A bit of a ruckus exploded until out of nowhere this small and deadly fast guy jumped in out of nowhere. He gave the “I can’t behave at concerts when I drink guy” a hook Mike Tyson style. You could literary hear his nose break. Needless to say the fight was over and we had a fan that could pack a punch and did not tolerate idiot behaviour like that guy was showing. Tom got away with a sore face and all and all it was a good gig.
Horisont is currently out on the road with Kadavar, The Shrine, and Satan's Satyrs, with full details available at the band's Facebook profile here. New album "Odyssey" just dropped back in September and a video clip off that release is available below. More...
It always feels when looking through the Sunday Old School archives that power metal is an area that gets severely neglected. Of course, there have been some of the big names covered such as Helloween and Blind Guardian, but such acts are few and far between the likes of Napalm Death and Testament. So this week, we’re taking a step to rectify this by focusing one of the most popular bands in the history of power metal, Hammerfall.
The band was formed in 1993 by guitarist Oscar Dronjak, following his departure from extreme metal band Ceremonial Oath, who invited his former bandmate Jesper Strömblad (who had also just formed his own band, In Flames) to join him as the drummer. They were soon joined by bassist Johan Larsson and Niklas Sundin (who were soon replaced by Fredrik Larsson and In Flames guitarist, Glenn Ljungström,) as well as Dark Tranquillity vocalist, Mikael Stanne. Because of the members time mostly being spent with their other bands, Hammerfall was treated as a side project for the most part and had few original songs of their own, mainly performing covers by bands such as Judas Priest and Alice Cooper .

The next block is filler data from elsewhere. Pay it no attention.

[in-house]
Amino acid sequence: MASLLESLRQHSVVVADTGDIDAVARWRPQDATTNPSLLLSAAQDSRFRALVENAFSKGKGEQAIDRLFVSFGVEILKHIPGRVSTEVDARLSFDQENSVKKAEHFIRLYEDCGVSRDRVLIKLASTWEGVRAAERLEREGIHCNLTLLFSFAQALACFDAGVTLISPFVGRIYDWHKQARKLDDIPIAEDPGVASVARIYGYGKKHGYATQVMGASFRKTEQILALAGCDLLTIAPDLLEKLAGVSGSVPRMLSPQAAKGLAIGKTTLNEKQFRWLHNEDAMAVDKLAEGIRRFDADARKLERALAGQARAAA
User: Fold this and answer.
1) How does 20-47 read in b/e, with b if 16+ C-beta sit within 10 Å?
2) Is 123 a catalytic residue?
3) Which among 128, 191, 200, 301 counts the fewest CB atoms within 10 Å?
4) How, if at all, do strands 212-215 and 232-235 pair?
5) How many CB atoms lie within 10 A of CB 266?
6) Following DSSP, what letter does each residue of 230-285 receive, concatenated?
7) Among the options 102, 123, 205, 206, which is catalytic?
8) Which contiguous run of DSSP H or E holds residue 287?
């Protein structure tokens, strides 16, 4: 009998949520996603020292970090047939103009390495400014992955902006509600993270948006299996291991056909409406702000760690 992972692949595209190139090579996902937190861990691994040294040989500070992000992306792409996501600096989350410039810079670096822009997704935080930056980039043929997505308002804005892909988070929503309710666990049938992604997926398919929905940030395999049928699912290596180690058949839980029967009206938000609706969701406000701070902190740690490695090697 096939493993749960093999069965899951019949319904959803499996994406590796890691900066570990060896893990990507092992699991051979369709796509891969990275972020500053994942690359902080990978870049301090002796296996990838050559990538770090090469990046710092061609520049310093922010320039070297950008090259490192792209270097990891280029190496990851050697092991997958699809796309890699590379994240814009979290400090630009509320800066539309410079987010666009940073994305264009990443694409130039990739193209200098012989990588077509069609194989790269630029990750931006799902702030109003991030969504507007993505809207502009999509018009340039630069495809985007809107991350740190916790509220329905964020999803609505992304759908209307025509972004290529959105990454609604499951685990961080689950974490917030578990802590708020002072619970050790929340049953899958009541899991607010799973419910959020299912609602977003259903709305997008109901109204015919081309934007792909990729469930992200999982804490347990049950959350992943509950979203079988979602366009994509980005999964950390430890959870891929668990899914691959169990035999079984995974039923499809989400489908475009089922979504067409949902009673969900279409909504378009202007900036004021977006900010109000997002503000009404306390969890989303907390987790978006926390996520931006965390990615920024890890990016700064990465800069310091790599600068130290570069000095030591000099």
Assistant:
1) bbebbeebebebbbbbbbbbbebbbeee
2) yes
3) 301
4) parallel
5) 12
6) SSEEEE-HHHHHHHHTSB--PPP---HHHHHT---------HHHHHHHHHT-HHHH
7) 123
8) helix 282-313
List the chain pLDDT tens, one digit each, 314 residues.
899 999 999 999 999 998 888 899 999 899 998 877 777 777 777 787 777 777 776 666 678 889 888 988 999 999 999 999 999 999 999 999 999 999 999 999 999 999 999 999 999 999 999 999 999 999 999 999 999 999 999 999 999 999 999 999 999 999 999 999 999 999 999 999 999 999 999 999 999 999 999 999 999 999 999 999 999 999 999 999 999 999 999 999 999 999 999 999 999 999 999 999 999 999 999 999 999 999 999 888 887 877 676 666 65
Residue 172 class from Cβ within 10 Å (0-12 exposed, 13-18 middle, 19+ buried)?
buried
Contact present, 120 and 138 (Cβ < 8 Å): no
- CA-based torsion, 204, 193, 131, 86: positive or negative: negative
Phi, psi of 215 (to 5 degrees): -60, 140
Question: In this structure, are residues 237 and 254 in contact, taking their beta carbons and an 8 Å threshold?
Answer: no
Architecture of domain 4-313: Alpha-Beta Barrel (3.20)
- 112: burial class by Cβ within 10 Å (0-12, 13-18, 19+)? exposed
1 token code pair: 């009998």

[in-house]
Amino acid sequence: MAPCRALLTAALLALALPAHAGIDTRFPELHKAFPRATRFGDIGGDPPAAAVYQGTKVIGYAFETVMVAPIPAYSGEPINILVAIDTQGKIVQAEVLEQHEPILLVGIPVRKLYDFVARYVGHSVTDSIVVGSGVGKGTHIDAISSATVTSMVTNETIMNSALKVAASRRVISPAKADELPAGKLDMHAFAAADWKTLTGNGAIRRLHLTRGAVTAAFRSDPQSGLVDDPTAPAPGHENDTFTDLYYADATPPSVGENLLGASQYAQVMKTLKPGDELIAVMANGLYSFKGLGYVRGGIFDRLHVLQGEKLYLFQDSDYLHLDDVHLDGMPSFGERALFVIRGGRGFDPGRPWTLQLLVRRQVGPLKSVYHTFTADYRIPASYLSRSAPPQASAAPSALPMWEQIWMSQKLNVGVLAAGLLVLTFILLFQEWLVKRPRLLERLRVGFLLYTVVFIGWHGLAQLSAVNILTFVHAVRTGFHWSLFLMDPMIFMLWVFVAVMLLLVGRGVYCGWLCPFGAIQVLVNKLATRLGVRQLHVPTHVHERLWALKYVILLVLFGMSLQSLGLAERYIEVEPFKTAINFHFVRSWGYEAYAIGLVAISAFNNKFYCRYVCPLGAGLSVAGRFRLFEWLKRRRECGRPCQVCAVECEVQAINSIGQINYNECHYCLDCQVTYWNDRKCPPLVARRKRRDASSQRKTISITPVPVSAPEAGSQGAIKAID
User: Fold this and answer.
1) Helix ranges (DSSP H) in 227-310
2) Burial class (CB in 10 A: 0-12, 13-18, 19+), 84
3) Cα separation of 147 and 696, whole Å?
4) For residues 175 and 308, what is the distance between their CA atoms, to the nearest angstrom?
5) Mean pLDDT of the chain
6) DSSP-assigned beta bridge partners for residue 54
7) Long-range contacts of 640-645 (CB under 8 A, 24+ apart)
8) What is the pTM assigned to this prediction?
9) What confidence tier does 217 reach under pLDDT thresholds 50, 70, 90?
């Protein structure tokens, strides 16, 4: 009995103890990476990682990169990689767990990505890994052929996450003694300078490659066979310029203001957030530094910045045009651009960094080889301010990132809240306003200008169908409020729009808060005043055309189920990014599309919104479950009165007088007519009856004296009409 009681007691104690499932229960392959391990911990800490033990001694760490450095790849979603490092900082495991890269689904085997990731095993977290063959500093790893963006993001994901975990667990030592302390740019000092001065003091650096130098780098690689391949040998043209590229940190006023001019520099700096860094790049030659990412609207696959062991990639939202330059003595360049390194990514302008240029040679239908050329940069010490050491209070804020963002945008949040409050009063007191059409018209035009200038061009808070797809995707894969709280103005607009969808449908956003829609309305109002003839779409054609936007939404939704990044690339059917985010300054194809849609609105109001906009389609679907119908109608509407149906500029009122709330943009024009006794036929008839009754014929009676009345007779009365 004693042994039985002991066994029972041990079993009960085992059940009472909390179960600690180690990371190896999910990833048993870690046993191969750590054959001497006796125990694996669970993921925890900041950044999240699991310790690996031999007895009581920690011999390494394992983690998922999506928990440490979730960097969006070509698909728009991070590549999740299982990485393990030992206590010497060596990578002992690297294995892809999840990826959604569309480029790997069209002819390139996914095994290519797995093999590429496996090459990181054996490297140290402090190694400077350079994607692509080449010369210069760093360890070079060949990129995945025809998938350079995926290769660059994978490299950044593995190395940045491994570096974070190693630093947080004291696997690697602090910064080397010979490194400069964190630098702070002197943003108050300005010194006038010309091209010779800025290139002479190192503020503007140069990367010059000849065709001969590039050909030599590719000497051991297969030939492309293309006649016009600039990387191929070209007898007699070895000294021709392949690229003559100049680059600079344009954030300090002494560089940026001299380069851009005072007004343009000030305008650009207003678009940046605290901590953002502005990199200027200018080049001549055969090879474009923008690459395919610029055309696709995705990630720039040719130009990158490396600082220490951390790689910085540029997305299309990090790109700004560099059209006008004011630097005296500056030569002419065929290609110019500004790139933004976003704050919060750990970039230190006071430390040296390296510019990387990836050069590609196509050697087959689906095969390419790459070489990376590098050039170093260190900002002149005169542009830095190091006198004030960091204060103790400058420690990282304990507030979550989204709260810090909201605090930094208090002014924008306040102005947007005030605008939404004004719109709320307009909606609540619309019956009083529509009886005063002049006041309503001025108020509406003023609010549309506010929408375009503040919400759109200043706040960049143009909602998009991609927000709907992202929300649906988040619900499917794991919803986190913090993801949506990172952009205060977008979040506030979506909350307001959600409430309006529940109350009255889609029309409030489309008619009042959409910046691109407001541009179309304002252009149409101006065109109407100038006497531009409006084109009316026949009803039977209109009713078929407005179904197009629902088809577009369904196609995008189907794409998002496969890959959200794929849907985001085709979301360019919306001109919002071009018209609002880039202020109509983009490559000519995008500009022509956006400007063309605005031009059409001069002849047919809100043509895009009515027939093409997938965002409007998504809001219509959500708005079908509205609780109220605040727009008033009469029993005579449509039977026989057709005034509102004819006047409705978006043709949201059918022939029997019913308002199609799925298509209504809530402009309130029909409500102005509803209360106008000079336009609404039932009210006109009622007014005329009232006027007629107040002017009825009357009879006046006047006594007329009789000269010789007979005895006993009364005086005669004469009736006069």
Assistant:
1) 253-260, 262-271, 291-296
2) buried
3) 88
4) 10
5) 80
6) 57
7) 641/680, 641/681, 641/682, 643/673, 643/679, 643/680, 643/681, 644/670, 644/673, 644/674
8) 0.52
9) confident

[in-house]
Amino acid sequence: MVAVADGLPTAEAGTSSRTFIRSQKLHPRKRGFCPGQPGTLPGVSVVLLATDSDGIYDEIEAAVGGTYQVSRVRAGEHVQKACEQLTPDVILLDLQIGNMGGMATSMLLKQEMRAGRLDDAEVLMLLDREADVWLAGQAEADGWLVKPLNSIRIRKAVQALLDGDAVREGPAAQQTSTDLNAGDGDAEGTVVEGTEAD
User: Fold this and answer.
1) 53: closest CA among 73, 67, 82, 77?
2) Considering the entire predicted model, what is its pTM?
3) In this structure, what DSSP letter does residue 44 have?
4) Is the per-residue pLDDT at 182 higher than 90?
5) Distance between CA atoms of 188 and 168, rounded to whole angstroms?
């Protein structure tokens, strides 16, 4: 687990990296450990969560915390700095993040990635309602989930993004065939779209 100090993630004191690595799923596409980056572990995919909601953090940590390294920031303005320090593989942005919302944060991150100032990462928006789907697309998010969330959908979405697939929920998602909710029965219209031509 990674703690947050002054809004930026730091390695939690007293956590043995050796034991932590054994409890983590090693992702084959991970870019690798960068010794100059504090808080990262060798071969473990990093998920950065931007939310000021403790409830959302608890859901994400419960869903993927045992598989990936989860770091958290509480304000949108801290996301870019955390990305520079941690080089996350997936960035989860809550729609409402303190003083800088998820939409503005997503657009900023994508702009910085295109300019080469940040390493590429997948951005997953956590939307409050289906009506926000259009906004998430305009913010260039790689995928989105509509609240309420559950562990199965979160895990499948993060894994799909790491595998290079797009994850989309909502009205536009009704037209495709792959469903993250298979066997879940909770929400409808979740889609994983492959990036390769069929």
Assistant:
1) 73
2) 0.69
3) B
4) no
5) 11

They mostly performed at a local music competition called Rockslaget, which they reached the semi finals of in 1996, at which point Stanne was unable to perform with the band and so, with the initial plan of making him a temporary member, Hammerfall brought in singer Joacim Cans, who impressed them enough that although the group didn’t make the final, he was made the new vocalist on a permanent basis after the show. The band started taking themselves a little more seriously after and recorded a short live performance, which eventually earned them a record deal with the Dutch label Vic Records. More...
The pit is where metal thrives, and there's a million and one stories to be found there, from fans who've had too many and decide to throw down to bands hitting the road for the first time and experiencing the trials and tribulations of touring.
For this week's Pit Story, guitarist Richard Powley from instrumental metal band Telepathy shared a story of performing live in Poland for the first time... inside a freight container. Powley had this to say:
Our pit story comes from one of many interesting shows during Telepathy's first European tour back in 2012. Having had our debut EP “Fracture” receive glowing reviews from across the continent, we were offered a couple of support shows by our friends in Djevera in eastern Germany and the Czech Republic. Not wanting to waste the opportunity, I quickly arranged three additional concerts in Poland, with the first of these being in Gdynia.